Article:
UK / 85 minutes / bw / Ganesh, Columbia Dir: Roy Baker (i.e., Roy Ward Baker) Pr: John R. Sloan Scr: Val Guest, Arthur La Bern Story: Paper Orchid (1948) by Arthur La Bern Cine: Basil Emmott Cast: Hugh Williams, Hy Hazell, Garry Marsh, Sidney James, Ivor Barnard, Andrew Cruickshank, Walter Hudd, Ella Retford, Hughie Green, Vida Hope, Frederick Leister, Vernon Greeves, Patricia Owens, Rolf Lefebvre, Ray Ellington Quartet.
Stella Mason (Hazell), whose journalistic credentials are that she’s the daughter of the editor of a provincial newspaper, the Littlehampton Trumpet, bluffs her way into a job at the Daily National on the pretext that she once saw the National’s proprietor, Lord Croup, in Littlehampton with a floozie. Her tale should have gotten her booted out of the National’s offices but, at her interview with widowered Chief Editor Frank “Mac” McSweeney (Williams), it’s evident that she’s caught his eye:
Mac: Tell me, have you had any experience?
Stella: Oh, yes, I’ve had lots of experience.
Mac: Yes, I’m sure you have, but I mean . . . I mean newspaper experience.
Mac takes her on, on probation, for a month, even though he has severe doubts about employing a female journalist: so far as he’s concerned, journalism is a man’s job. The idea that the newspaper industry is infested with this sexist idiocy is reinforced throughout the movie, with even the proprietor’s widow, Lady Croup (Retford), later pronouncing that journalism is “very much a man’s job.” (A similar device kickstarted the much earlier movie Back Page , about which I’ve written on this site.)
Stella (Hy Hazell).
Stella starts what’s basically a gossip column, “Orchids for You,” for the National—“I worked my fingers down to the nail varnish”—and gains herself the nickname Paper Orchid, or just Orchid. The opinion her colleagues have of this column is perhaps best expressed by the paper’s Chief Crime Reporter, Frederick Cuthbert “Freddy” Evans (James): “We use a slightly different phrase in this office.”
Freddy (Sidney James) confronts Mac (Hugh Williams) over the hiring of Stella.
As will be obvious, the screenplay for the first half of the movie is full of (relatively innocent) innuendo, plus some quite strong suggestions—later falsified—that Stella and Mac initiate an affair. The falsification comes when Freddy tries to tell her that Mac has strong feelings for her:
Stella [of Mac]: “I don’t think I’m his type.”
Freddy: “You don’t think it was your writing talent got you that first job, do you?”
Luckily for Stella, “Orchids for You” proves to be phenomenally popular among the newspaper’s target demographic.
Lord Croup dies and, as the senior staff of the National swill champagne in celebration, they’re met with the dire news that his widow, complete with a couple of ill tempered yappy little Pekinese, has decided to take over her late husband’s role. She proceeds to fire executive “Johnny” Johnson (Marsh) because he dislikes her dogs and, soon after, Mac himself when she discovers that he and the others are planning a coup. The reason she learns this is that the Night Subeditor, Eustace Crabbe (Barnard), rats to her about the machinations. As reward, Crabbe gets Mac’s job.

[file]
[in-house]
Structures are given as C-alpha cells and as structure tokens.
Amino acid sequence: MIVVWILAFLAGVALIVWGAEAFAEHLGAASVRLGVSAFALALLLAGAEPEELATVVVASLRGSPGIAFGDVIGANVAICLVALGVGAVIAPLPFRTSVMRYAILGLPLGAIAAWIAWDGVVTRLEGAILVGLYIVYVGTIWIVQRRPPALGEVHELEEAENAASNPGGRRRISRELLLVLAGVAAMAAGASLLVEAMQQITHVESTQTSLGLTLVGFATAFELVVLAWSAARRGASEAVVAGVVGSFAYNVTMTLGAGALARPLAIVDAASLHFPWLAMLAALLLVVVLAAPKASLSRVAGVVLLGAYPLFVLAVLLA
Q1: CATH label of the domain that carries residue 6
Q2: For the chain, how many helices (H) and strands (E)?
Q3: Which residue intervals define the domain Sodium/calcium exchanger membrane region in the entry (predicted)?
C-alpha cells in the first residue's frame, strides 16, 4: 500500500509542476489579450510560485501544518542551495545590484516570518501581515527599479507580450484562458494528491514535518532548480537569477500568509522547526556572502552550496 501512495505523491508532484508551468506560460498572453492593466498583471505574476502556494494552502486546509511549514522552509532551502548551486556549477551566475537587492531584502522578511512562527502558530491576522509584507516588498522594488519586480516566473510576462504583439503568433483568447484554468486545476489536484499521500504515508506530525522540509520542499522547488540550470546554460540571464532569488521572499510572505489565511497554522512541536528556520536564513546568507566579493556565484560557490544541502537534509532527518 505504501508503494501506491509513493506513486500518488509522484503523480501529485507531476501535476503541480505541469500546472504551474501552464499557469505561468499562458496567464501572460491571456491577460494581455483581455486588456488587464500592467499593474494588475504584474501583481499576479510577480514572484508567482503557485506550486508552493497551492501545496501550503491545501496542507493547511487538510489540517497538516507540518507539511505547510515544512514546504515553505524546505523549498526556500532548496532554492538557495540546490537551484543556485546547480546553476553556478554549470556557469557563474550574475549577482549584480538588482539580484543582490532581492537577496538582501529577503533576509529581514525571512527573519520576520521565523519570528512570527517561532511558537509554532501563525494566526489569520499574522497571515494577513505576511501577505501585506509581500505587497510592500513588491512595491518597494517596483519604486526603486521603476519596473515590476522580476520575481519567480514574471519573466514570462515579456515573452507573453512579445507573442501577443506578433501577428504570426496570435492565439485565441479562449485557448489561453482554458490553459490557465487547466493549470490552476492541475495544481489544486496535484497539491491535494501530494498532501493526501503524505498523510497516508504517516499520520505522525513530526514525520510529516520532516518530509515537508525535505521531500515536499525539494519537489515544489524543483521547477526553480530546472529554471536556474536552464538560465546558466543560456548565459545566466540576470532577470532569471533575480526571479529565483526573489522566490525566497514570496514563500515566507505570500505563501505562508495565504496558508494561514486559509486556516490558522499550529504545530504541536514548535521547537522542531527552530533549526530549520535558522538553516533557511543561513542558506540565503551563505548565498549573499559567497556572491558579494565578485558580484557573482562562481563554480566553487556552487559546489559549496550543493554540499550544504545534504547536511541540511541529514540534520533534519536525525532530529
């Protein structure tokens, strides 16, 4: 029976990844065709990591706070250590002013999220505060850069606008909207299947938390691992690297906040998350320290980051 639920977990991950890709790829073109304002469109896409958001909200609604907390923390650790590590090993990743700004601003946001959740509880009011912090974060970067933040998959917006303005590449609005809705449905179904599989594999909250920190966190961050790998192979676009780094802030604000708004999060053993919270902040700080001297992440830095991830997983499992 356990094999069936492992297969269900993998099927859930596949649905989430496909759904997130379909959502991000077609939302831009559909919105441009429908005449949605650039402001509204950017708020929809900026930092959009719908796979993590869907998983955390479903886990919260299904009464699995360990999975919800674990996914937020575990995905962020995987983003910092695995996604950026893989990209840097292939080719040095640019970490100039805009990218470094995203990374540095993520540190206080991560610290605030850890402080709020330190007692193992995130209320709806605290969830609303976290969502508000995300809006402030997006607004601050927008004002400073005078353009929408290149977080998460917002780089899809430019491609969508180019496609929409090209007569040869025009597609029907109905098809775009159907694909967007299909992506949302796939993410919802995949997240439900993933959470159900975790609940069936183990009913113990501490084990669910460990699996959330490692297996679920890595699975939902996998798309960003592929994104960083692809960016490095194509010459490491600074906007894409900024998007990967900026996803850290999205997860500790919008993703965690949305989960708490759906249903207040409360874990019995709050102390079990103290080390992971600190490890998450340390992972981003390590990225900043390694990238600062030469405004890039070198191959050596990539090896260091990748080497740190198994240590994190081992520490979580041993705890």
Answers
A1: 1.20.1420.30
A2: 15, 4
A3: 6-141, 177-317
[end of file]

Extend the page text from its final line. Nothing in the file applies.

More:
Lady Croup (Ella Retford), preparin’ to do some firin’.
Johnny has by now landed a place at a rival newspaper, the World Record. He organizes a meeting between Mac and that paper’s staid Editor, Walter “Wib” Wibberley (Leister); the result is that Mac becomes the Record’s Associate Editor. It seems inevitable that other National journalists—Stella included—will be hired across to the rival.
On a visit to Stella’s mews house, Mac discovers that she has been allowing “obscure genius” sculptor Peter Pasterman (Lefebvre) to rent her loft, despite his habitual failure to come through with the rent. Pasterman has been being promoted by energetic yet obviously ineffectual press agent Jonquil “Jonqui” Jones (Hope). Eventually Stella discovers Pasterman with his throat cut in her attic. Her response to being told (much later) by Divisional Detective-Inspector Clem Pill (Cruickshank) that the sculptor has been dead for not just a few hours but at least fifteen is telling: “That means he was dead when I left here [for work] this morning.”
Detective-Inspector Clem Pill (Andrew Cruickshank) aggressively interviews Stella.
Mac delays the report to the police of the murder, because he reckons the importance of the scoop will far outweigh whatever repercussions might come from the cops over the suppression of evidence. But eventually the moment can’t be put off any longer, and onto the scene comes Pill.
Weak circumstantial evidence against Stella begins to pile up, and Inspector Pill takes note. He finally arrests her when he discovers the murder weapon—a sculptor’s blade—hidden in the suitcase she packed. By this time it’s as clear as day to those of us in the audience that Stella is as pure as the driven snow . . . at least insofar as this crime is concerned. For much of the latter part of the movie it seems plain who the murderer must be. This is a clever red herring; in due course we discover the culprit was someone else entirely.